I actually have a lot of articles planned right now, all lying dormant due to a momentary dip in language-studying momentum and real-life happenings. Yet all those things pale in face of the magnitude 9.0 earthquake and subsequent tsunami which has rocked northern Japan.
In February, Jun Seba passed away — accidentally, in a car accident (caused by an earthquake?). Most people didn’t know until about a month later. People like you and me knew him as Nujabes, and perhaps started listening to his music more after seeing Samurai Champloo for the first time. For everyone, it was amazingly sad; you’re never prepared to hear about someone with influence in your life, someone still so young, just up and leaving this world, and you’re never sure what to do afterward. You don’t think of such people as invincible, but you do think things like “someday I may meet them, even briefly.”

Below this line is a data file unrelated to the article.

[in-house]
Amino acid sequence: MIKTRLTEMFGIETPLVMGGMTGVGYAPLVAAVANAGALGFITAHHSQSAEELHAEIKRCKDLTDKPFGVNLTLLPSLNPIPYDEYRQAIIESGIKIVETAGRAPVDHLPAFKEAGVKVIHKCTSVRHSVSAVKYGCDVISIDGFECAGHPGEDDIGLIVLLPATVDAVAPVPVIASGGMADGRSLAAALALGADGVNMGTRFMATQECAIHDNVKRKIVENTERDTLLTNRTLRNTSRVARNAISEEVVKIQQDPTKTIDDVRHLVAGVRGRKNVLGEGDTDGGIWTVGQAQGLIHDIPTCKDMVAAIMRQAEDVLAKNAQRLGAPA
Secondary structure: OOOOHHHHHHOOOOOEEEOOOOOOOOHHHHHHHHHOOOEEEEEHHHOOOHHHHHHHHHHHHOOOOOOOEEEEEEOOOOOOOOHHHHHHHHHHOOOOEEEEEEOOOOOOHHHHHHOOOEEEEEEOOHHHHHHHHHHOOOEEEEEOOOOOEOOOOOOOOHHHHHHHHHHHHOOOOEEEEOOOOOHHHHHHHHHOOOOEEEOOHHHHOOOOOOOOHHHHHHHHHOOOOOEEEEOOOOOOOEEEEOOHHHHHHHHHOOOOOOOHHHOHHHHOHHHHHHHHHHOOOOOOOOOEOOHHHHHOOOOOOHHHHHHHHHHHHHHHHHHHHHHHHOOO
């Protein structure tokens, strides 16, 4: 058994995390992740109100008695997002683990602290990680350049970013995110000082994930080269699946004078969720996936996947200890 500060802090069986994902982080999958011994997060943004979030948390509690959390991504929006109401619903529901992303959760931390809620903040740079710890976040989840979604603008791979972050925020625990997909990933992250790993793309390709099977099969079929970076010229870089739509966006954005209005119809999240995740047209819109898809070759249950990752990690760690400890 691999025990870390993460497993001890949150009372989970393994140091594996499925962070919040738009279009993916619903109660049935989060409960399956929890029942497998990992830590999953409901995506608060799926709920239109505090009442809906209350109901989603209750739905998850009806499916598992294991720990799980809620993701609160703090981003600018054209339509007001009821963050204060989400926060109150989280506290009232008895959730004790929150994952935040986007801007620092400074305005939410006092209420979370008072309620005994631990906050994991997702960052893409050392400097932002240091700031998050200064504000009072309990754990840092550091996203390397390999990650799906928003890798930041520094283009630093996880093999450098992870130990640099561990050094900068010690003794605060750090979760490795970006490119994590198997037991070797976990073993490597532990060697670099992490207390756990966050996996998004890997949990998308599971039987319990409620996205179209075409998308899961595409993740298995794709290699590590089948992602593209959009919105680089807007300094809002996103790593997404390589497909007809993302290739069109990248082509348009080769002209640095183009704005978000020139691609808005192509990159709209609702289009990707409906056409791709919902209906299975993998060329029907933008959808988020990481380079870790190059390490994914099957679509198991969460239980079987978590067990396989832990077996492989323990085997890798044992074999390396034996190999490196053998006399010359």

News about this is EVERYWHERE. Takeru Kobayashi, famous Japanese hot-dog-eater, wasn’t allowed to eat in this year’s Coney Island Fourth of July hot dog eating contest! According to THE NEWS, it’s because he refused to sign an exclusivity contract with Major League Eating, the major leagues of eating contests…because there’s more than one, apparently.
Kawaii is more than just a word meaning “cute” to be thrown around by 14-year-old manga fans on deviantArt. In Japan, it’s an entire culture, one that has captured the hearts of many and slowly creeped its way westwards to claim others as well. Good thing, too: I’m weak to adorable and tiny things. Very weak.
Japan has pretty much cornered the market on cute. And since Japan appointed a cartoon ambassador of anime last year, it stands to reason that the next step would be appointing (non-cartoon) ambassadors of cuteness.